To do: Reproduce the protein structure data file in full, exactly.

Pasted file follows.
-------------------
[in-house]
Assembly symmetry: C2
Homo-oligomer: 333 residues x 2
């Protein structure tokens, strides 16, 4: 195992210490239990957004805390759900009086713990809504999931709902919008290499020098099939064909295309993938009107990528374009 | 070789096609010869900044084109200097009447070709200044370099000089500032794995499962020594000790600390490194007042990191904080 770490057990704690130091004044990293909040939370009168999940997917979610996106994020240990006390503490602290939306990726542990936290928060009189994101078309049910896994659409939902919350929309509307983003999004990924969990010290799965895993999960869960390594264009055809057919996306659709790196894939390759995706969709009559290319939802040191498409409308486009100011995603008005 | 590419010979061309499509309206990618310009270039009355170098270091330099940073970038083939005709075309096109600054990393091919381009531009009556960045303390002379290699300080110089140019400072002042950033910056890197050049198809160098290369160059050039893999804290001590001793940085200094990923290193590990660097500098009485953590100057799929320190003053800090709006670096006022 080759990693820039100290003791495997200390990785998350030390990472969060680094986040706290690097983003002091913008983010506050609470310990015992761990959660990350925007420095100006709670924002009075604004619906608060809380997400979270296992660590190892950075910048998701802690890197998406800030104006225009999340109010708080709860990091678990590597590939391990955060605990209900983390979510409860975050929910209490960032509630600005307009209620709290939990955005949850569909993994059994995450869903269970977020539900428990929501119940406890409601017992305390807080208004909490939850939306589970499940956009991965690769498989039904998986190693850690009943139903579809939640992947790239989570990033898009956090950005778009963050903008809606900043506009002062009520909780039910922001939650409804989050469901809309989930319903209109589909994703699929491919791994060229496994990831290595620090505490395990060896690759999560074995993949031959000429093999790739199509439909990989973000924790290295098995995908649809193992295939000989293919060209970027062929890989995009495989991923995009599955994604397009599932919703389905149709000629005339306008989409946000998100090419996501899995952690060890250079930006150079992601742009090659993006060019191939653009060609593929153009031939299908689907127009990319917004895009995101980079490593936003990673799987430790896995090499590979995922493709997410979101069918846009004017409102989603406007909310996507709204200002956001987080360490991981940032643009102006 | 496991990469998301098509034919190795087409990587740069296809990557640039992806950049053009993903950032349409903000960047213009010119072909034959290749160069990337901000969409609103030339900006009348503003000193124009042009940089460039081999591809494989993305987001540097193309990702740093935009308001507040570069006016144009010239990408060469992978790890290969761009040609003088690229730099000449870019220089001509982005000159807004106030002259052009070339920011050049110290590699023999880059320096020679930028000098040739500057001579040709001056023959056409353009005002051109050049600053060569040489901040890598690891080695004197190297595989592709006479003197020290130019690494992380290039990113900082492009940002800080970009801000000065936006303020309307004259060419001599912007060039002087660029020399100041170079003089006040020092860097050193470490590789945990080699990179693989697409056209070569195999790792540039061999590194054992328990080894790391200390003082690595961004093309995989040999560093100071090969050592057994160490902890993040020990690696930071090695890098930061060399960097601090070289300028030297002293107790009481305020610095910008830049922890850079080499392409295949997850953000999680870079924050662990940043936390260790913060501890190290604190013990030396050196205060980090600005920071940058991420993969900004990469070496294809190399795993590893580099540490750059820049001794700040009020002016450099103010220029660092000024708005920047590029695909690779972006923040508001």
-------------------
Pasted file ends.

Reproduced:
[in-house]
Assembly symmetry: C2
Homo-oligomer: 333 residues x 2
């Protein structure tokens, strides 16, 4: 195992210490239990957004805390759900009086713990809504999931709902919008290499020098099939064909295309993938009107990528374009 | 070789096609010869900044084109200097009447070709200044370099000089500032794995499962020594000790600390490194007042990191904080 770490057990704690130091004044990293909040939370009168999940997917979610996106994020240990006390503490602290939306990726542990936290928060009189994101078309049910896994659409939902919350929309509307983003999004990924969990010290799965895993999960869960390594264009055809057919996306659709790196894939390759995706969709009559290319939802040191498409409308486009100011995603008005 | 590419010979061309499509309206990618310009270039009355170098270091330099940073970038083939005709075309096109600054990393091919381009531009009556960045303390002379290699300080110089140019400072002042950033910056890197050049198809160098290369160059050039893999804290001590001793940085200094990923290193590990660097500098009485953590100057799929320190003053800090709006670096006022 080759990693820039100290003791495997200390990785998350030390990472969060680094986040706290690097983003002091913008983010506050609470310990015992761990959660990350925007420095100006709670924002009075604004619906608060809380997400979270296992660590190892950075910048998701802690890197998406800030104006225009999340109010708080709860990091678990590597590939391990955060605990209900983390979510409860975050929910209490960032509630600005307009209620709290939990955005949850569909993994059994995450869903269970977020539900428990929501119940406890409601017992305390807080208004909490939850939306589970499940956009991965690769498989039904998986190693850690009943139903579809939640992947790239989570990033898009956090950005778009963050903008809606900043506009002062009520909780039910922001939650409804989050469901809309989930319903209109589909994703699929491919791994060229496994990831290595620090505490395990060896690759999560074995993949031959000429093999790739199509439909990989973000924790290295098995995908649809193992295939000989293919060209970027062929890989995009495989991923995009599955994604397009599932919703389905149709000629005339306008989409946000998100090419996501899995952690060890250079930006150079992601742009090659993006060019191939653009060609593929153009031939299908689907127009990319917004895009995101980079490593936003990673799987430790896995090499590979995922493709997410979101069918846009004017409102989603406007909310996507709204200002956001987080360490991981940032643009102006 | 496991990469998301098509034919190795087409990587740069296809990557640039992806950049053009993903950032349409903000960047213009010119072909034959290749160069990337901000969409609103030339900006009348503003000193124009042009940089460039081999591809494989993305987001540097193309990702740093935009308001507040570069006016144009010239990408060469992978790890290969761009040609003088690229730099000449870019220089001509982005000159807004106030002259052009070339920011050049110290590699023999880059320096020679930028000098040739500057001579040709001056023959056409353009005002051109050049600053060569040489901040890598690891080695004197190297595989592709006479003197020290130019690494992380290039990113900082492009940002800080970009801000000065936006303020309307004259060419001599912007060039002087660029020399100041170079003089006040020092860097050193470490590789945990080699990179693989697409056209070569195999790792540039061999590194054992328990080894790391200390003082690595961004093309995989040999560093100071090969050592057994160490902890993040020990690696930071090695890098930061060399960097601090070289300028030297002293107790009481305020610095910008830049922890850079080499392409295949997850953000999680870079924050662990940043936390260790913060501890190290604190013990030396050196205060980090600005920071940058991420993969900004990469070496294809190399795993590893580099540490750059820049001794700040009020002016450099103010220029660092000024708005920047590029695909690779972006923040508001």